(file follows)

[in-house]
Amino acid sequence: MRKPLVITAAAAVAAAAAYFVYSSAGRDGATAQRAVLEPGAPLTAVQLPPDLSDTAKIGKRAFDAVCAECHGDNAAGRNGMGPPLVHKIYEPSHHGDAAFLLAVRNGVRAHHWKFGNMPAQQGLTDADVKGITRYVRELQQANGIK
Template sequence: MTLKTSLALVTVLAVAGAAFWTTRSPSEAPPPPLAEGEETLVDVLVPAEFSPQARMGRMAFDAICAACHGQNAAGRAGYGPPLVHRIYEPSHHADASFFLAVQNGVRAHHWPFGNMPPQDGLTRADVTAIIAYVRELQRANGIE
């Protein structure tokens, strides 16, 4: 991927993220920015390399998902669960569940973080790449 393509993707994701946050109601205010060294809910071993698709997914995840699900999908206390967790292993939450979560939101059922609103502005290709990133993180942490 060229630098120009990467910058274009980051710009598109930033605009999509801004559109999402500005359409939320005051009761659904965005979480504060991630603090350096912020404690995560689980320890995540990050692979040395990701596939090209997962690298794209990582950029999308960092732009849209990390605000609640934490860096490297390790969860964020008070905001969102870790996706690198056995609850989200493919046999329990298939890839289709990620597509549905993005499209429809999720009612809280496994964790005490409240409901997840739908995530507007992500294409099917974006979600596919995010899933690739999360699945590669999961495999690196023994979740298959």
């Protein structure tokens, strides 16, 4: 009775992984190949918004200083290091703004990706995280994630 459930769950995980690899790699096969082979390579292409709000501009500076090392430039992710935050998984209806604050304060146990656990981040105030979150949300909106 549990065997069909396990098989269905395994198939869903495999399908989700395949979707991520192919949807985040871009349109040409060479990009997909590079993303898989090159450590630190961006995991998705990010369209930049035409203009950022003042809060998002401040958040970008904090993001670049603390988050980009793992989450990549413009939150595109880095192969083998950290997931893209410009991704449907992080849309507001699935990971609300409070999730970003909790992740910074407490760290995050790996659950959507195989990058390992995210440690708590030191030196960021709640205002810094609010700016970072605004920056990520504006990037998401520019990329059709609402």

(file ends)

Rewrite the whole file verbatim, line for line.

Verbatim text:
[in-house]
Amino acid sequence: MRKPLVITAAAAVAAAAAYFVYSSAGRDGATAQRAVLEPGAPLTAVQLPPDLSDTAKIGKRAFDAVCAECHGDNAAGRNGMGPPLVHKIYEPSHHGDAAFLLAVRNGVRAHHWKFGNMPAQQGLTDADVKGITRYVRELQQANGIK
Template sequence: MTLKTSLALVTVLAVAGAAFWTTRSPSEAPPPPLAEGEETLVDVLVPAEFSPQARMGRMAFDAICAACHGQNAAGRAGYGPPLVHRIYEPSHHADASFFLAVQNGVRAHHWPFGNMPPQDGLTRADVTAIIAYVRELQRANGIE
């Protein structure tokens, strides 16, 4: 991927993220920015390399998902669960569940973080790449 393509993707994701946050109601205010060294809910071993698709997914995840699900999908206390967790292993939450979560939101059922609103502005290709990133993180942490 060229630098120009990467910058274009980051710009598109930033605009999509801004559109999402500005359409939320005051009761659904965005979480504060991630603090350096912020404690995560689980320890995540990050692979040395990701596939090209997962690298794209990582950029999308960092732009849209990390605000609640934490860096490297390790969860964020008070905001969102870790996706690198056995609850989200493919046999329990298939890839289709990620597509549905993005499209429809999720009612809280496994964790005490409240409901997840739908995530507007992500294409099917974006979600596919995010899933690739999360699945590669999961495999690196023994979740298959």
């Protein structure tokens, strides 16, 4: 009775992984190949918004200083290091703004990706995280994630 459930769950995980690899790699096969082979390579292409709000501009500076090392430039992710935050998984209806604050304060146990656990981040105030979150949300909106 549990065997069909396990098989269905395994198939869903495999399908989700395949979707991520192919949807985040871009349109040409060479990009997909590079993303898989090159450590630190961006995991998705990010369209930049035409203009950022003042809060998002401040958040970008904090993001670049603390988050980009793992989450990549413009939150595109880095192969083998950290997931893209410009991704449907992080849309507001699935990971609300409070999730970003909790992740910074407490760290995050790996659950959507195989990058390992995210440690708590030191030196960021709640205002810094609010700016970072605004920056990520504006990037998401520019990329059709609402």